SUPREME COURT OF THE STATE OF NEW YORK Appellate Division, Fourth Judicial Department
October 2, 2009
KEVIN J. VIVYAN AND TERRI L. VIVYAN, PLAINTIFFS-APPELLANTS,
ILION CENTRAL SCHOOL DISTRICT, BOARD OF EDUCATION OF ILION CENTRAL SCHOOL DISTRICT, AND ILION MEMORIAL POST #920, AMERICAN LEGION, INC., DEFENDANTS-RESPONDENTS.
Appeal from an order of the Supreme Court, Herkimer County (Michael E. Daley, J.), entered September 19, 2008 in a personal injury action. The order granted the motion of defendants for summary judgment and dismissed the complaint.
PRESENT: SMITH, J.P., CENTRA, FAHEY, CARNI, AND PINE, JJ.
MEMORANDUM AND ORDER
It is hereby ORDERED that the order so appealed from is unanimously reversed on the law without costs, the motion is denied and the complaint is reinstated.
Plaintiffs commenced this action seeking damages for injuries sustained by Kevin J. Vivyan (plaintiff) when he was hit in the head by a ball while watching a baseball game. The game was organized by defendant Ilion Memorial Post #920, American Legion, Inc. and was played at Diss Field, which was owned and operated by defendants Ilion Central School District and Board of Education of Ilion Central School District. Plaintiff was seated in an unscreened bleacher located behind the first baseline when the ball struck him. Although there was a grassy area behind the backstop at home plate, there were no bleachers or other seats there.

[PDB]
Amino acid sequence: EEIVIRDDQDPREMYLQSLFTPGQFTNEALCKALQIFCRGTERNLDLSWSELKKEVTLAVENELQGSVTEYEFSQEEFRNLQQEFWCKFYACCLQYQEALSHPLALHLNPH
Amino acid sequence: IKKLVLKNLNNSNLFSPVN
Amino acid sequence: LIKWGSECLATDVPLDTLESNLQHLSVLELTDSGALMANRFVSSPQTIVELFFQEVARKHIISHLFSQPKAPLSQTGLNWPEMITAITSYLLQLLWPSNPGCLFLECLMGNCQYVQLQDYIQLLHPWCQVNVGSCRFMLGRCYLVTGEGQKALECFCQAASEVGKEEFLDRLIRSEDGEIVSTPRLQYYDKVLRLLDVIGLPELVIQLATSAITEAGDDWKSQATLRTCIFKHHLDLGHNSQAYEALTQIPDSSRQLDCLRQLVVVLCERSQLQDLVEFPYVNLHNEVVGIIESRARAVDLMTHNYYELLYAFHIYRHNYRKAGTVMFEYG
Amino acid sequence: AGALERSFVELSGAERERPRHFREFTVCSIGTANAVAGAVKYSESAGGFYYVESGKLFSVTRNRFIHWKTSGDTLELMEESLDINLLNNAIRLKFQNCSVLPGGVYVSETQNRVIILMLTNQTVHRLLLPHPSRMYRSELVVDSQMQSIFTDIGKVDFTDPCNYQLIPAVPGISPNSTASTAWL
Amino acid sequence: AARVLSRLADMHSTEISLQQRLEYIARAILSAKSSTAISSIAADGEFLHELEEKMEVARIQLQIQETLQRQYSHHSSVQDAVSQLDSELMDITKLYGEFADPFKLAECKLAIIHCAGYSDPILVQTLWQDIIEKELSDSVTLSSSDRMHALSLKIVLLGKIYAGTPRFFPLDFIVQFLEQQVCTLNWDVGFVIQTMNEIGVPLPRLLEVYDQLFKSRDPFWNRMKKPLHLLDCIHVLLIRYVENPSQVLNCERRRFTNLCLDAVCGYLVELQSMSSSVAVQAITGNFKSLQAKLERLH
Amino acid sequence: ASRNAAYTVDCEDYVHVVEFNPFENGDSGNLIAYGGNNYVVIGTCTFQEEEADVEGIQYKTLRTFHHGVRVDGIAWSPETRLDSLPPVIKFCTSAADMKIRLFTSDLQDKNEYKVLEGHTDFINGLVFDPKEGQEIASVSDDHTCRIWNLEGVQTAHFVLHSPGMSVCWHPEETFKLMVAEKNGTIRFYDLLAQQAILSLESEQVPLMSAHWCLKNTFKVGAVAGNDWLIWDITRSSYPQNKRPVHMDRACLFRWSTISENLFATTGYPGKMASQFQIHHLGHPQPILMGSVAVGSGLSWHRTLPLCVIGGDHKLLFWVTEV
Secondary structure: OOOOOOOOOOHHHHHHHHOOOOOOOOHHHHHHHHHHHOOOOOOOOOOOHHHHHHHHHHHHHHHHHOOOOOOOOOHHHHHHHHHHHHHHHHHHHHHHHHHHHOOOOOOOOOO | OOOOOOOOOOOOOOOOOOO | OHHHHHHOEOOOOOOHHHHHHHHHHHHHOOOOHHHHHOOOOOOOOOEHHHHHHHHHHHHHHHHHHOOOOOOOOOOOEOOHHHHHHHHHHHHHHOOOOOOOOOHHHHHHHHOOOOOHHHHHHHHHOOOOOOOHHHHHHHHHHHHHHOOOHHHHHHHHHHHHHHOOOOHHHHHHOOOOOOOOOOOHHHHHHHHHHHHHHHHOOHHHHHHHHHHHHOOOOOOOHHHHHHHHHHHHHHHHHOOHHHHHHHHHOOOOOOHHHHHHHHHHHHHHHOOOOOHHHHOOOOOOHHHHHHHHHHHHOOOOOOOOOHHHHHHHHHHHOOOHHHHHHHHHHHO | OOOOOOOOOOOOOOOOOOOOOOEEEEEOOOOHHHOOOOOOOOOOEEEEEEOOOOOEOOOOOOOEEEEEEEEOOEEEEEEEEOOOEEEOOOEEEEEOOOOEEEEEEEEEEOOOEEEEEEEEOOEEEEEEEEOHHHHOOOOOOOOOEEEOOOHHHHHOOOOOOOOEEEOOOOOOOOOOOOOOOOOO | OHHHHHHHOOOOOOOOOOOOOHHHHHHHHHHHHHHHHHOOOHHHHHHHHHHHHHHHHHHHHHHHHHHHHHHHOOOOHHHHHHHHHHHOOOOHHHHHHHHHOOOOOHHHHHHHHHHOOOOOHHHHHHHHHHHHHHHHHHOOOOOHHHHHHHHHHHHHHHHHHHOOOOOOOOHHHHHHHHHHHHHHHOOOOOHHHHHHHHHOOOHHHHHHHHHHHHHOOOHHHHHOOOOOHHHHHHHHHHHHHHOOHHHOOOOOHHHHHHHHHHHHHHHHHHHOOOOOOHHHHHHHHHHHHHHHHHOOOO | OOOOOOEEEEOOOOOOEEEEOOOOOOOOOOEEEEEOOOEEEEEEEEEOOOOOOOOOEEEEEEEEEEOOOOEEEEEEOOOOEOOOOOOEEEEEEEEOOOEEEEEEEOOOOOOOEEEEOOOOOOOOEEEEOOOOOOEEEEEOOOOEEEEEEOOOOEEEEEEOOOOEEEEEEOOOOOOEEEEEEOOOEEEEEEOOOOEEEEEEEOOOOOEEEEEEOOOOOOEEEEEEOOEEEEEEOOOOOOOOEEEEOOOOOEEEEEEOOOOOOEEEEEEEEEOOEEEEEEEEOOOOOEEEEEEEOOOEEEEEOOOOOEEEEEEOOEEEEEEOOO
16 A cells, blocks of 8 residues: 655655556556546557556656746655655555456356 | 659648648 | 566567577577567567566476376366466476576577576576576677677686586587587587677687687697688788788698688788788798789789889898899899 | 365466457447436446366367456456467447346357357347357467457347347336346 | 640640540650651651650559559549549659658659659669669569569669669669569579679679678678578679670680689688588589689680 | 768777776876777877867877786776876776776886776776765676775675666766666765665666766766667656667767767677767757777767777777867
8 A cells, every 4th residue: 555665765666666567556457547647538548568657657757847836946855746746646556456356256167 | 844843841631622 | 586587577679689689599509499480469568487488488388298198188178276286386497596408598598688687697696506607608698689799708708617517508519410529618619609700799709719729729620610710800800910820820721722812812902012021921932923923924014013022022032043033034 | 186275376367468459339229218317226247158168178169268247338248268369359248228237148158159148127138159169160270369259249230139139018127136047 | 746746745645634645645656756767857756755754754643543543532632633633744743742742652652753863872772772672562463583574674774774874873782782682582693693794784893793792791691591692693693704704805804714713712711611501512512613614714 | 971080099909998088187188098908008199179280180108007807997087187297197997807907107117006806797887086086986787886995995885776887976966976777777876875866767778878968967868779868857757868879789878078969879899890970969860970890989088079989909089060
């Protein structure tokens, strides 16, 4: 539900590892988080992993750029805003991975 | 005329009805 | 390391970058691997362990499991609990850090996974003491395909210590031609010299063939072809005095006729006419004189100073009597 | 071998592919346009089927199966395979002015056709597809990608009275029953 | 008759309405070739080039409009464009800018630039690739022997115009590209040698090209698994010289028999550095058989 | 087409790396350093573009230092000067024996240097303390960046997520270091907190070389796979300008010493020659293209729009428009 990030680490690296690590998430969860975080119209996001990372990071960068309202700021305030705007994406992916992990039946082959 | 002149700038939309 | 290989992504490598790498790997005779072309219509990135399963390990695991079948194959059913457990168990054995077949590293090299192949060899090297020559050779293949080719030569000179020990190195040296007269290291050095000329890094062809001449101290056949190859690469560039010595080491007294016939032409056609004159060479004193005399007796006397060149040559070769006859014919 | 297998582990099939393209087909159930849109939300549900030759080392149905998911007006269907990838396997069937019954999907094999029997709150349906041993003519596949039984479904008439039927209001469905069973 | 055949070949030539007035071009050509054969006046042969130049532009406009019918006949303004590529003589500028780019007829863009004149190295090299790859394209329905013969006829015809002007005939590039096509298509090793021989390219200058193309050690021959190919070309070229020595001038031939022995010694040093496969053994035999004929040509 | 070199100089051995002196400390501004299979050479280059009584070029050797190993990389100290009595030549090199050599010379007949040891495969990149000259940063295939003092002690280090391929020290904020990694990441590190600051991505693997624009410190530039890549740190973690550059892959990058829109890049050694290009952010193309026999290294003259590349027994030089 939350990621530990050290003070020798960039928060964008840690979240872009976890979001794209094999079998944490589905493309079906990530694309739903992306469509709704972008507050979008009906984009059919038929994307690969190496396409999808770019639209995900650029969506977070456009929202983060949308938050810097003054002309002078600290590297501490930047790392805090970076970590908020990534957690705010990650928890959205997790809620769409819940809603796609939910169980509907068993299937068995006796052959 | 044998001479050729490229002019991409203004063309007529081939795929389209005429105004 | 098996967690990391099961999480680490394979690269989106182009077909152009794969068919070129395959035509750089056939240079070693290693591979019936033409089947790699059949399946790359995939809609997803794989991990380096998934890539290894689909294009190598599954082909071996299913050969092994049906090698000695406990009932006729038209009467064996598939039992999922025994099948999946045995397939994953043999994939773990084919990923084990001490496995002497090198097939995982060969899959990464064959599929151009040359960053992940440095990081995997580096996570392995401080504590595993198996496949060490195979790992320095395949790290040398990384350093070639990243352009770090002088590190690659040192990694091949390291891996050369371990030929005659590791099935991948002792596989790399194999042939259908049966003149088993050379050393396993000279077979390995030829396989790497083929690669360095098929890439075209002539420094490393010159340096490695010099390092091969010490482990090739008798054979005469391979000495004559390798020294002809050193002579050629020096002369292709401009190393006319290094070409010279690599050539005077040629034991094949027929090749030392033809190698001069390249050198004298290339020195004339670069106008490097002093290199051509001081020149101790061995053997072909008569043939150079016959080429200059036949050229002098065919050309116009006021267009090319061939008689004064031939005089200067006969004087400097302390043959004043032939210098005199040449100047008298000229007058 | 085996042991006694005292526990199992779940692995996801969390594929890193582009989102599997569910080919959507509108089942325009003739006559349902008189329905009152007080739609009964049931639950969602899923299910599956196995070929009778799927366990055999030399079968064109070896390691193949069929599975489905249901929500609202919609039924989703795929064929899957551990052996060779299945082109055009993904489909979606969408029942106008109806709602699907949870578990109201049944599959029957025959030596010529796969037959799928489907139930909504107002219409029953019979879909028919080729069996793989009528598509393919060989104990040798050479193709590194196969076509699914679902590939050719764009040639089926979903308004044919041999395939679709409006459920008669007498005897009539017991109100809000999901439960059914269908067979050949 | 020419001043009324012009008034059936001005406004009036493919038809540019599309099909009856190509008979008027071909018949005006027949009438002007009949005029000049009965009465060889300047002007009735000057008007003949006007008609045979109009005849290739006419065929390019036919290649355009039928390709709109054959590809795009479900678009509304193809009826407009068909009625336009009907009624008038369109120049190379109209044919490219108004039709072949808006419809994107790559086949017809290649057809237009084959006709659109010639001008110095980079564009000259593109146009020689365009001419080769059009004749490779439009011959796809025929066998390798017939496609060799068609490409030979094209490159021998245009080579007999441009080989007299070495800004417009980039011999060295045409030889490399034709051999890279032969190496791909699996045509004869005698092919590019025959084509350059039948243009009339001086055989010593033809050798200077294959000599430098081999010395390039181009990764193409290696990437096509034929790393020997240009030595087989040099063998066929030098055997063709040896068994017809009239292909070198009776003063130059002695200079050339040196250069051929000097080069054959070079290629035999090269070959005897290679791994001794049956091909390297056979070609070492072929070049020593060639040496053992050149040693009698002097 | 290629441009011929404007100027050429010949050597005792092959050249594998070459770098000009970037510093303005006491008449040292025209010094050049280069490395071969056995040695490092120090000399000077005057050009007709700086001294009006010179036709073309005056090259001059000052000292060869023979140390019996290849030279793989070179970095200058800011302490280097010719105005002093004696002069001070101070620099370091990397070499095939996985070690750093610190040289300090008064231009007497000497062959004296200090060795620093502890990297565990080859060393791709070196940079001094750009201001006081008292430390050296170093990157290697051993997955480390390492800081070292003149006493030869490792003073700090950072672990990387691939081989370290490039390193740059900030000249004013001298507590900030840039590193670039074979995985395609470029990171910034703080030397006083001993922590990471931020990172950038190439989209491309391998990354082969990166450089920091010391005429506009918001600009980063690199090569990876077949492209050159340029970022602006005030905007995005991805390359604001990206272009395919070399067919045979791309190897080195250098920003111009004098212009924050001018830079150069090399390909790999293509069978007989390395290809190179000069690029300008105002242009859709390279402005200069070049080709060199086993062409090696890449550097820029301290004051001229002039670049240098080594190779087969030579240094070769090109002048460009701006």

We conclude that Supreme Court erred in granting defendants' motion for summary judgment dismissing the complaint. Although defendants established that they "provide[d] screening for the area of the field behind home plate where the danger of being struck by a ball is the greatest" (Akins v Glens Falls City School Dist., 53 NY2d 325, 331, rearg denied 54 NY2d 831), they failed to establish that "such screening [was] of sufficient extent to provide adequate protection for as many spectators as may reasonably be expected to desire such seating in the course of an ordinary game" (id.). Indeed, the record establishes that "there was no seating where there was screening and no screening where there was seating . . ., [and thus] a jury question is presented regarding the alleged negligence of defendant[s] in failing to exercise reasonable and ordinary care to protect spectators from foreseeable dangers" (Zambito v Village of Albion, 100 AD2d 739). Contrary to the contention of defendants, the fact that there was space in which individuals could stand behind the backstop does not satisfy their duty of care, in accordance with the standard set forth in Akins. Contrary to the further contention of defendants, because they failed to meet their initial burden of establishing as a matter of law that they satisfied their duty of care (cf. Ray v Hudson Val. Stadium Corp., 306 AD2d 264, lv denied 2 NY3d 704), the issue whether plaintiff assumed the risk of injury must be determined at trial (cf. Gilchrist v City of Troy, 67 NY2d 1034, 1035-1036; see generally CPLR 1411).
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